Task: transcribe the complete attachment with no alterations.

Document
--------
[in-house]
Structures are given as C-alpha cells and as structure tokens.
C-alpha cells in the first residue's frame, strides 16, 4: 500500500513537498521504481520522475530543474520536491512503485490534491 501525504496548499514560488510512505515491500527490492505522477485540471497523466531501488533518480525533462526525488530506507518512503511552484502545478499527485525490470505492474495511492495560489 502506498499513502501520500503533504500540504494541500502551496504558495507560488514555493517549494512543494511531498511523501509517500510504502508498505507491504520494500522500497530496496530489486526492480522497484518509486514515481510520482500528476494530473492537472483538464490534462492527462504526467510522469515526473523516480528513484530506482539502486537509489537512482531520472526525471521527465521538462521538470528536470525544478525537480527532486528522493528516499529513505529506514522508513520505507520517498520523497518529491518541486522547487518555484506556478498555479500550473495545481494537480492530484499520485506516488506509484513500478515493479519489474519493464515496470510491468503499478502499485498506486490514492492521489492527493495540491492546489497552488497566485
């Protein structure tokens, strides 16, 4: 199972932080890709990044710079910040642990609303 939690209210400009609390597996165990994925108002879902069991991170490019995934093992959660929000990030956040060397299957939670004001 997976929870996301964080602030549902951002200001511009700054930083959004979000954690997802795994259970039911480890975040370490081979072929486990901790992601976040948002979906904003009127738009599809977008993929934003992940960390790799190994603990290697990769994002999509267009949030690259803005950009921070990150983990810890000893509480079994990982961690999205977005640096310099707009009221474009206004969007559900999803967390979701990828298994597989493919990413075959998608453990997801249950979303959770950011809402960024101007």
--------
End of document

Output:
[in-house]
Structures are given as C-alpha cells and as structure tokens.
C-alpha cells in the first residue's frame, strides 16, 4: 500500500513537498521504481520522475530543474520536491512503485490534491 501525504496548499514560488510512505515491500527490492505522477485540471497523466531501488533518480525533462526525488530506507518512503511552484502545478499527485525490470505492474495511492495560489 502506498499513502501520500503533504500540504494541500502551496504558495507560488514555493517549494512543494511531498511523501509517500510504502508498505507491504520494500522500497530496496530489486526492480522497484518509486514515481510520482500528476494530473492537472483538464490534462492527462504526467510522469515526473523516480528513484530506482539502486537509489537512482531520472526525471521527465521538462521538470528536470525544478525537480527532486528522493528516499529513505529506514522508513520505507520517498520523497518529491518541486522547487518555484506556478498555479500550473495545481494537480492530484499520485506516488506509484513500478515493479519489474519493464515496470510491468503499478502499485498506486490514492492521489492527493495540491492546489497552488497566485
């Protein structure tokens, strides 16, 4: 199972932080890709990044710079910040642990609303 939690209210400009609390597996165990994925108002879902069991991170490019995934093992959660929000990030956040060397299957939670004001 997976929870996301964080602030549902951002200001511009700054930083959004979000954690997802795994259970039911480890975040370490081979072929486990901790992601976040948002979906904003009127738009599809977008993929934003992940960390790799190994603990290697990769994002999509267009949030690259803005950009921070990150983990810890000893509480079994990982961690999205977005640096310099707009009221474009206004969007559900999803967390979701990828298994597989493919990413075959998608453990997801249950979303959770950011809402960024101007």